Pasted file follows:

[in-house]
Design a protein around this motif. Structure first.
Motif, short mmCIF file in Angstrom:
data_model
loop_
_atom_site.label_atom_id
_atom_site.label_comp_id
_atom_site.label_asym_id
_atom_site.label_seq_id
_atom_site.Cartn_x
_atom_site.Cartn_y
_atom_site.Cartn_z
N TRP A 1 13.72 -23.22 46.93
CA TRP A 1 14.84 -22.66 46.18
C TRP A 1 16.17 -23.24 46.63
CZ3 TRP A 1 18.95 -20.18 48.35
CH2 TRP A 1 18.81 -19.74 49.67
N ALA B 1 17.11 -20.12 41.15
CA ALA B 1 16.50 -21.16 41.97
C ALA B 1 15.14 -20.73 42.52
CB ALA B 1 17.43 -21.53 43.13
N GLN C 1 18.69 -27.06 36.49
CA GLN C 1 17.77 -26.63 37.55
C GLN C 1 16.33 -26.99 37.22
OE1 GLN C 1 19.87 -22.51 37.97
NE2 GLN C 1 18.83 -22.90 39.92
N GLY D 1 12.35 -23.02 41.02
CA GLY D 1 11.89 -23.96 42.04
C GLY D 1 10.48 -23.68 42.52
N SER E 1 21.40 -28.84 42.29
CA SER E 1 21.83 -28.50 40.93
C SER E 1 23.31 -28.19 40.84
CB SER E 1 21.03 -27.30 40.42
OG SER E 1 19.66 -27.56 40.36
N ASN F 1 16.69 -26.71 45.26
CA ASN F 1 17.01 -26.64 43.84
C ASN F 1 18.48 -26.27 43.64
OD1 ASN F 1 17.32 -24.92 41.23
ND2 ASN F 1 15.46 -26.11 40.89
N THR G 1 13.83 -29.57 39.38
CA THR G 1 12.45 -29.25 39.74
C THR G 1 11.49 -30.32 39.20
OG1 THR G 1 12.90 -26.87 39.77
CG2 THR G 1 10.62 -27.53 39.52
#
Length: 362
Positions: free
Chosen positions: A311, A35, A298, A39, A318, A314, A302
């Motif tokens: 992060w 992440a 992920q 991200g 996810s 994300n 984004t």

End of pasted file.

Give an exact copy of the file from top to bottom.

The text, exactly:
[in-house]
Design a protein around this motif. Structure first.
Motif, short mmCIF file in Angstrom:
data_model
loop_
_atom_site.label_atom_id
_atom_site.label_comp_id
_atom_site.label_asym_id
_atom_site.label_seq_id
_atom_site.Cartn_x
_atom_site.Cartn_y
_atom_site.Cartn_z
N TRP A 1 13.72 -23.22 46.93
CA TRP A 1 14.84 -22.66 46.18
C TRP A 1 16.17 -23.24 46.63
CZ3 TRP A 1 18.95 -20.18 48.35
CH2 TRP A 1 18.81 -19.74 49.67
N ALA B 1 17.11 -20.12 41.15
CA ALA B 1 16.50 -21.16 41.97
C ALA B 1 15.14 -20.73 42.52
CB ALA B 1 17.43 -21.53 43.13
N GLN C 1 18.69 -27.06 36.49
CA GLN C 1 17.77 -26.63 37.55
C GLN C 1 16.33 -26.99 37.22
OE1 GLN C 1 19.87 -22.51 37.97
NE2 GLN C 1 18.83 -22.90 39.92
N GLY D 1 12.35 -23.02 41.02
CA GLY D 1 11.89 -23.96 42.04
C GLY D 1 10.48 -23.68 42.52
N SER E 1 21.40 -28.84 42.29
CA SER E 1 21.83 -28.50 40.93
C SER E 1 23.31 -28.19 40.84
CB SER E 1 21.03 -27.30 40.42
OG SER E 1 19.66 -27.56 40.36
N ASN F 1 16.69 -26.71 45.26
CA ASN F 1 17.01 -26.64 43.84
C ASN F 1 18.48 -26.27 43.64
OD1 ASN F 1 17.32 -24.92 41.23
ND2 ASN F 1 15.46 -26.11 40.89
N THR G 1 13.83 -29.57 39.38
CA THR G 1 12.45 -29.25 39.74
C THR G 1 11.49 -30.32 39.20
OG1 THR G 1 12.90 -26.87 39.77
CG2 THR G 1 10.62 -27.53 39.52
#
Length: 362
Positions: free
Chosen positions: A311, A35, A298, A39, A318, A314, A302
């Motif tokens: 992060w 992440a 992920q 991200g 996810s 994300n 984004t």